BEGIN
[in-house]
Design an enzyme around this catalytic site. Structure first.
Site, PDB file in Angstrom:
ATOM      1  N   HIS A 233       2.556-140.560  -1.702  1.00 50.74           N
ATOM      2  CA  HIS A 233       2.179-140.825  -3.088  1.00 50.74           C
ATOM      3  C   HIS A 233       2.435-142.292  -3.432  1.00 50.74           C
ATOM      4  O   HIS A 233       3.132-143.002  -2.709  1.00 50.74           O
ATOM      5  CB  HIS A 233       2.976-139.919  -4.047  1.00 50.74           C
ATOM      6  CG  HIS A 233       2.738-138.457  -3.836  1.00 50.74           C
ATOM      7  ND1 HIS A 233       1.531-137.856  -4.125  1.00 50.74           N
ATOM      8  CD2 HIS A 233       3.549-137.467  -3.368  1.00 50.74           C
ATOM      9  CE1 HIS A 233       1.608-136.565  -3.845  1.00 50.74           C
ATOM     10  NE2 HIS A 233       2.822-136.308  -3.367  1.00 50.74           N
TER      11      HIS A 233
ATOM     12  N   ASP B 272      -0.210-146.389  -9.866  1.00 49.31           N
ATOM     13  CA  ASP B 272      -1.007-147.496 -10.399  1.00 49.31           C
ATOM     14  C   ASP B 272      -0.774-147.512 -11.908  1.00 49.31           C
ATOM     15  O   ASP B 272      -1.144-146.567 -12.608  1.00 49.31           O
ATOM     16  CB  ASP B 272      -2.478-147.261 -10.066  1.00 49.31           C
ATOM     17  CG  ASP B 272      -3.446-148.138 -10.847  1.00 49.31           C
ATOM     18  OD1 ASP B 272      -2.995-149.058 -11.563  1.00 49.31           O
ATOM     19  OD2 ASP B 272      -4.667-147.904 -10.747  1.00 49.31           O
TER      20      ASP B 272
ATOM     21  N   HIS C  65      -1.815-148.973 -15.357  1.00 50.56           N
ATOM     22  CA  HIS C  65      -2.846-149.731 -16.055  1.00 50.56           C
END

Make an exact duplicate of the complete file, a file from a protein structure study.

[in-house]
Design an enzyme around this catalytic site. Structure first.
Site, PDB file in Angstrom:
ATOM      1  N   HIS A 233       2.556-140.560  -1.702  1.00 50.74           N
ATOM      2  CA  HIS A 233       2.179-140.825  -3.088  1.00 50.74           C
ATOM      3  C   HIS A 233       2.435-142.292  -3.432  1.00 50.74           C
ATOM      4  O   HIS A 233       3.132-143.002  -2.709  1.00 50.74           O
ATOM      5  CB  HIS A 233       2.976-139.919  -4.047  1.00 50.74           C
ATOM      6  CG  HIS A 233       2.738-138.457  -3.836  1.00 50.74           C
ATOM      7  ND1 HIS A 233       1.531-137.856  -4.125  1.00 50.74           N
ATOM      8  CD2 HIS A 233       3.549-137.467  -3.368  1.00 50.74           C
ATOM      9  CE1 HIS A 233       1.608-136.565  -3.845  1.00 50.74           C
ATOM     10  NE2 HIS A 233       2.822-136.308  -3.367  1.00 50.74           N
TER      11      HIS A 233
ATOM     12  N   ASP B 272      -0.210-146.389  -9.866  1.00 49.31           N
ATOM     13  CA  ASP B 272      -1.007-147.496 -10.399  1.00 49.31           C
ATOM     14  C   ASP B 272      -0.774-147.512 -11.908  1.00 49.31           C
ATOM     15  O   ASP B 272      -1.144-146.567 -12.608  1.00 49.31           O
ATOM     16  CB  ASP B 272      -2.478-147.261 -10.066  1.00 49.31           C
ATOM     17  CG  ASP B 272      -3.446-148.138 -10.847  1.00 49.31           C
ATOM     18  OD1 ASP B 272      -2.995-149.058 -11.563  1.00 49.31           O
ATOM     19  OD2 ASP B 272      -4.667-147.904 -10.747  1.00 49.31           O
TER      20      ASP B 272
ATOM     21  N   HIS C  65      -1.815-148.973 -15.357  1.00 50.56           N
ATOM     22  CA  HIS C  65      -2.846-149.731 -16.055  1.00 50.56           C